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Street relief update from our Water Truck

Hear from the truck team on what they're seeing and how water drive donations help

Joseph Yanez and Jose Cardenas bring St. Vincent de Paul where other social services don’t always reach. They visit arroyos, secluded urban areas, overpasses, canals, parks, abandoned buildings and alleyways — spots where they know people experiencing homelessness live and take refuge.

For more than five years, the pair have made weekly routes across the Valley on the Celebrity Fight Night Water Truck, donated to SVdP in 2015 by Jimmy Walker and named after the charity event which helped fund it. 

Tent in an abandoned lot

Back then, Maricopa County counted 1,289 people living on the street during its annual Point-in-Time Homeless Count. In the six years since, that number has nearly tripled. In 2020, the County recorded 3,767 people living on the street or in a place not meant for human habitation.

On the front line of the rising homelessness crisis are Joseph and Jose in their water truck, which serves hundreds of people each day. 

Line of people waiting to get cold water bottles from a van

“I see a lot of sadness," said Joseph, who is the program supervisor for the Water Truck's outreach. “I see a lot of need.”

ABC15 recently tagged along with the Water Truck to show viewers where their donations to the ABC15 Water Drive go. Joseph showed street relief in action. He also shared a bit about how one of his own family members experienced homelessness once and how that motivates his desire to help others through the Water Truck.

The relief truck started as a way to get water to people on the street and in remote places, especially during the hot summer months when lives depend on access to water.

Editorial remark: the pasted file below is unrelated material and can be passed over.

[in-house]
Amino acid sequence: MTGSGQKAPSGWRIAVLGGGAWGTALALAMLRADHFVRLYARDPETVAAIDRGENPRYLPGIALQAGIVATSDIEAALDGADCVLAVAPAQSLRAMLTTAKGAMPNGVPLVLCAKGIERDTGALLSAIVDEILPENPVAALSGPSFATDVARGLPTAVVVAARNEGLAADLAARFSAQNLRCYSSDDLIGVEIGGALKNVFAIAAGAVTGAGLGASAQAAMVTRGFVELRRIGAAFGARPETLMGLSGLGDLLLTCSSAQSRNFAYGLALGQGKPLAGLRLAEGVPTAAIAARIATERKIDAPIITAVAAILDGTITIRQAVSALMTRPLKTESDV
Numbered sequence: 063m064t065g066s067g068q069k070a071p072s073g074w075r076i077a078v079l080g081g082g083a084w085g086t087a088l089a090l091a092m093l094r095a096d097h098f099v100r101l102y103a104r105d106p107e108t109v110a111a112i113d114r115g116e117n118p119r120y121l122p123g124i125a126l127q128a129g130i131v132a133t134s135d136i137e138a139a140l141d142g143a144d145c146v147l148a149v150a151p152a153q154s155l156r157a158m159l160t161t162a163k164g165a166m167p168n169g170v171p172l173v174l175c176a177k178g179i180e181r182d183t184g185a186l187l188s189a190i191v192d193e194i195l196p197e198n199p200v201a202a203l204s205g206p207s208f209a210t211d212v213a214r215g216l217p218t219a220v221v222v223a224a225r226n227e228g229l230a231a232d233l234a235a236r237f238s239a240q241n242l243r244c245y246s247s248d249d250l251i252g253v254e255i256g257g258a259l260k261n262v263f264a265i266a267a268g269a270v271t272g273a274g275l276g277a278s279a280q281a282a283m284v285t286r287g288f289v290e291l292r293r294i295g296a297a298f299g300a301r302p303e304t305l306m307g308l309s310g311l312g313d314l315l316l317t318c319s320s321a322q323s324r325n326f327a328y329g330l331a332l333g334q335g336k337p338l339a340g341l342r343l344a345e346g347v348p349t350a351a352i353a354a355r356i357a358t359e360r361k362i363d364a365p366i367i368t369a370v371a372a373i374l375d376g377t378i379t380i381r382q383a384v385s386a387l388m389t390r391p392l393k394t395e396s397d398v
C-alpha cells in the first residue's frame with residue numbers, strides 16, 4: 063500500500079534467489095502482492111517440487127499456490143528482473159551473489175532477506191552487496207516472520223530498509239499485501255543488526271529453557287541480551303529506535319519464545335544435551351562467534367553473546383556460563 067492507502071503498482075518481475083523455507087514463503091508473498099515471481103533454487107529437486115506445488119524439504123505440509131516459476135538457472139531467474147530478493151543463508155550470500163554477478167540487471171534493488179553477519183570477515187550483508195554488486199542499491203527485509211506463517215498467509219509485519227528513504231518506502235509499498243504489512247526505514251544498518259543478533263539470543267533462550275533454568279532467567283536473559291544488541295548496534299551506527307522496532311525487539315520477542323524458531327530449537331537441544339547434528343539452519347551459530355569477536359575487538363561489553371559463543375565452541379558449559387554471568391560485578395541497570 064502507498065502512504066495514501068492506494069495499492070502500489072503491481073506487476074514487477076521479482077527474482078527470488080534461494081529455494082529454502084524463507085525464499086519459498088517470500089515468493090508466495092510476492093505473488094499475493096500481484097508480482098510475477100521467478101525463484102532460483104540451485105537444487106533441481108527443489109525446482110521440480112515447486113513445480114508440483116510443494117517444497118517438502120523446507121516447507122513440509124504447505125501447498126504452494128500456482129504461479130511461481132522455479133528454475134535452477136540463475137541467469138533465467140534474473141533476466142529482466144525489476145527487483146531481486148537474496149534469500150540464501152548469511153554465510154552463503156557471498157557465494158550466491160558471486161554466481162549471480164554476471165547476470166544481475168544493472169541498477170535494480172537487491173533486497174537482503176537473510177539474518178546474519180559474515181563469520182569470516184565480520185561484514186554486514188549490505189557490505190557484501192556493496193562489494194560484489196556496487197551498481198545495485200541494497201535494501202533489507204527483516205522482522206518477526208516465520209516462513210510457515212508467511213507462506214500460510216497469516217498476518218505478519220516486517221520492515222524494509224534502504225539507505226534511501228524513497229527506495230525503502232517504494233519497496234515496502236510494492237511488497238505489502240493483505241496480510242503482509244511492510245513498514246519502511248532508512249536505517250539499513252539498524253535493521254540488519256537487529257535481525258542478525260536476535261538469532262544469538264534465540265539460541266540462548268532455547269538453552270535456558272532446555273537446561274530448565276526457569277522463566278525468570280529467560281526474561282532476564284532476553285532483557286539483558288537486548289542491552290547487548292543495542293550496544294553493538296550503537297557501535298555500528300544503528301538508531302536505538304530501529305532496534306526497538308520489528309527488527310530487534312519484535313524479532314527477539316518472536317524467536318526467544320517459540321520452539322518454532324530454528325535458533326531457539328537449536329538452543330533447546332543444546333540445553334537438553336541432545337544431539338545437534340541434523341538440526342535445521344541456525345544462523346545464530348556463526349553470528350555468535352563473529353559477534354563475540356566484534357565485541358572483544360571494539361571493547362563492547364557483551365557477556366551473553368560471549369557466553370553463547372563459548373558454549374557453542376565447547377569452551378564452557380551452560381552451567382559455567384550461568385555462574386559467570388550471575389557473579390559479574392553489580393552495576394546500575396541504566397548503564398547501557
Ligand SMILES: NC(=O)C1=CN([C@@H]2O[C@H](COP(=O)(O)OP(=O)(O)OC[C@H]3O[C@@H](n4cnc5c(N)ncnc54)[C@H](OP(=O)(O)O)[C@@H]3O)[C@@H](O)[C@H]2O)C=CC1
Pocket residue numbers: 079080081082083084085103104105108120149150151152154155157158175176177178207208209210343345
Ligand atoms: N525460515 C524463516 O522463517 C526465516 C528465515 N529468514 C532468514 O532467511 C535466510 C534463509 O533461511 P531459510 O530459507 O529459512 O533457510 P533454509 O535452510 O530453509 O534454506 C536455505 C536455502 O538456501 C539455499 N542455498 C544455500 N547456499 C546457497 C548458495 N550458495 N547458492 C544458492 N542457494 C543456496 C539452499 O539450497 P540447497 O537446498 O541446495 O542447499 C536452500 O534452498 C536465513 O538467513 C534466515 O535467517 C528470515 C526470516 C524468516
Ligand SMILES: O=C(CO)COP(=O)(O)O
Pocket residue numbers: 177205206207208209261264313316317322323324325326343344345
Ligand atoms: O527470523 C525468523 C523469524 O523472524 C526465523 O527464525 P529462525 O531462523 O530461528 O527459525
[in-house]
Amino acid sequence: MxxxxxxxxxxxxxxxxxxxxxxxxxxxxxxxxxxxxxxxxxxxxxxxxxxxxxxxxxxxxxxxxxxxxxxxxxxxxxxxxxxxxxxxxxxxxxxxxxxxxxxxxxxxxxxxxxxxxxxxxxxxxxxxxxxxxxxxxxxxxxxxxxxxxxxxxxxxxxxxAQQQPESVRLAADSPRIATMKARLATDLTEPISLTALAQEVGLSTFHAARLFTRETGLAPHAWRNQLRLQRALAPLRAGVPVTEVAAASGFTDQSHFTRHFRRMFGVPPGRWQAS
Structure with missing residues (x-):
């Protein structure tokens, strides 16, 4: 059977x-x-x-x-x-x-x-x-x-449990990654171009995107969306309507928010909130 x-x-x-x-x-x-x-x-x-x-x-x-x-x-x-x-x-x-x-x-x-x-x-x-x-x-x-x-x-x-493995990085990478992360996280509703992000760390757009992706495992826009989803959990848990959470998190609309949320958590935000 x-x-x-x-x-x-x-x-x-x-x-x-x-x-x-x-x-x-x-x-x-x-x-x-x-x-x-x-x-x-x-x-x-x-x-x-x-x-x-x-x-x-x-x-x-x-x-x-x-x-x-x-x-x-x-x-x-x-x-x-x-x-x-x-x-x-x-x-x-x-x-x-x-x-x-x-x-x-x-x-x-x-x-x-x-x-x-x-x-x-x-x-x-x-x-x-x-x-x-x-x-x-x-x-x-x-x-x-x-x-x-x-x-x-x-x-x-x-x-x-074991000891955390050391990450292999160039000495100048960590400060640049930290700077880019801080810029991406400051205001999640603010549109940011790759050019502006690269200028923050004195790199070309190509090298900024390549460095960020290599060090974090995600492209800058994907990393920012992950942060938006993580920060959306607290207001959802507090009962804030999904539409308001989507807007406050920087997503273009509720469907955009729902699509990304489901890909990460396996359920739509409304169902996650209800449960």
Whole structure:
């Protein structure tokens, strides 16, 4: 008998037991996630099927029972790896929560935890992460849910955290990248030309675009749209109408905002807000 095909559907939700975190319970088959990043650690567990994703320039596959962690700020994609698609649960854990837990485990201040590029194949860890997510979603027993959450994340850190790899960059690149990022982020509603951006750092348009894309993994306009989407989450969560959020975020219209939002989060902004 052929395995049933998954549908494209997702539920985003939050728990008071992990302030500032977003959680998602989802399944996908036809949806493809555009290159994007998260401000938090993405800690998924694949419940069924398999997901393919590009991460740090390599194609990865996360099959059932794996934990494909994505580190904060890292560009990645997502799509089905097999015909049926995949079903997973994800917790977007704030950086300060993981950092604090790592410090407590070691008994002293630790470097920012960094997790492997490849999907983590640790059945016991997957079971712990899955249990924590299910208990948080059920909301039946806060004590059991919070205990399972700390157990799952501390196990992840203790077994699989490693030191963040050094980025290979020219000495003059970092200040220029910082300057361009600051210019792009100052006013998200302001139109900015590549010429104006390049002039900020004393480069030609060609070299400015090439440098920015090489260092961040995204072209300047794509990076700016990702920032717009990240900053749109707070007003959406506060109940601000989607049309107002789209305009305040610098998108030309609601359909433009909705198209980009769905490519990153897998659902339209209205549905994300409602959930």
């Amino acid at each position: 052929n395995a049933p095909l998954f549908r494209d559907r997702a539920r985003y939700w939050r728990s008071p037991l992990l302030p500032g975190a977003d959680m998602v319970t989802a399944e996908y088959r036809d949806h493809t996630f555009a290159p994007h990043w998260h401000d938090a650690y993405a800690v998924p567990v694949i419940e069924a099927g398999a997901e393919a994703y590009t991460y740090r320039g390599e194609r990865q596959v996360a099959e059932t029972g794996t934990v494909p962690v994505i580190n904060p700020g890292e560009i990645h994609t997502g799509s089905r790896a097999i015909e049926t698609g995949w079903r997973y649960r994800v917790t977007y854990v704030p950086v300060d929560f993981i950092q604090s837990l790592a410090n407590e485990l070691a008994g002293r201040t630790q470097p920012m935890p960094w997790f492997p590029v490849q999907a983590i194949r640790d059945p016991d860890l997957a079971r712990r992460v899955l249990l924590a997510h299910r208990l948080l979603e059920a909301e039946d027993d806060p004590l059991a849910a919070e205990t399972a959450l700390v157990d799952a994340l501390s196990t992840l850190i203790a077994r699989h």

Cardboard boxes set up to shelter a homeless person

“One of the main concerns, especially in the summer and especially in the desert, is that these people die of dehydration,” says Jose, who is assistant program supervisor.

The Arizona Department of Health Services recommends people drink about two liters (or half a gallon) of water every day, but that intake recommendation drastically spikes for those outdoors. If outside, AZDHS suggests drinking one to two liters (or half a gallon) of water every hour. That means a person living on the street requires at least the amount of a five-gallon jug all to themselves to be properly hydrated for 10 hours during peak daytime heat. 

Two men walking over to a homeless encampment

Over the years, Joseph and Jose have seen critical situations and experienced unfortunate tragedies, where relief came too late. That was especially the case last year, with COVID-19 limiting the number of indoor places for refuge. Arizona saw nearly 500 heat-associated deaths in 2020. Of those, more than 300 occurred in Maricopa County, half of whom were people experiencing homelessness. 

So Joseph and Jose know firsthand what a lifeline the water truck can be to people who depend on its services, which have grown far beyond water relief. The truck also offers food, clothing, hygiene items, resource directories and — maybe most importantly — an infusion of humanity’s kindness and a bit of hope to the people it serves.

Shoes lined up on a curb

Along with the start of SVdP's 100 Days or Summer and heat relief services, Joseph and Jose also kick up their Water Truck outreach, making routes seven days a week. And every day starts bright and early at 5 a.m., lasting long into the afternoon to help those survive peak heat hours. Every day they visit a different region of the Valley, drive the routes they know, discover new routes along the way and provide relief to as many people as possible.

Man standing behind a shopping cart smiling

Together, the Water Truck guys forge ahead out of faith and because they know people in dire situations are relying on them.

Help Joseph, Jose and the water truck on their mission to save lives.

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